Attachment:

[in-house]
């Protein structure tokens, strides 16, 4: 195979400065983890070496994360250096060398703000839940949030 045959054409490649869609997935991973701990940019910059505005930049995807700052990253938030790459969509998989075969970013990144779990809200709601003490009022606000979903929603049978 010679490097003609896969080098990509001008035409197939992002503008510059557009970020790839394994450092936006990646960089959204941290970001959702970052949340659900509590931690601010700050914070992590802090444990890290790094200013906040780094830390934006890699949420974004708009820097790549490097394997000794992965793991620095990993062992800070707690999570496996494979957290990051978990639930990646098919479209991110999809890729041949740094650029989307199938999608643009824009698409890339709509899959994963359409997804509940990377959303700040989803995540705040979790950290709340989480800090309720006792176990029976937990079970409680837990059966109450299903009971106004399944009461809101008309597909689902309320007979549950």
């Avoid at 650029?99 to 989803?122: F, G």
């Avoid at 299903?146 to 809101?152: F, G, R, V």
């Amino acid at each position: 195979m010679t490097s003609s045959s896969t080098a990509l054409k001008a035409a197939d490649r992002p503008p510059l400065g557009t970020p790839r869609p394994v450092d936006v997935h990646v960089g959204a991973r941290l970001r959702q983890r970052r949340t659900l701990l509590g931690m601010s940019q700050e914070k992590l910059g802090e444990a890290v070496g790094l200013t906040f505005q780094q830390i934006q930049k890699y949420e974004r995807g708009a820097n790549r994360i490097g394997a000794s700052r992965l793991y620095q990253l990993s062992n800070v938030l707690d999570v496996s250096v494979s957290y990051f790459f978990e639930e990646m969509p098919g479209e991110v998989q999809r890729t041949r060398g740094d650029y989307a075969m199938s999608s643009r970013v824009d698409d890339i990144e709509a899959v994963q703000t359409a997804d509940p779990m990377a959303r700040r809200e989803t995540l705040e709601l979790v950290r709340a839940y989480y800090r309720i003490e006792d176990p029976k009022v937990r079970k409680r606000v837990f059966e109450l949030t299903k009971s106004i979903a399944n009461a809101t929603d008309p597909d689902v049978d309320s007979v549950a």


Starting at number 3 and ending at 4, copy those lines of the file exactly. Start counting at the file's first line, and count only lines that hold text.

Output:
């Avoid at 650029?99 to 989803?122: F, G």
């Avoid at 299903?146 to 809101?152: F, G, R, V």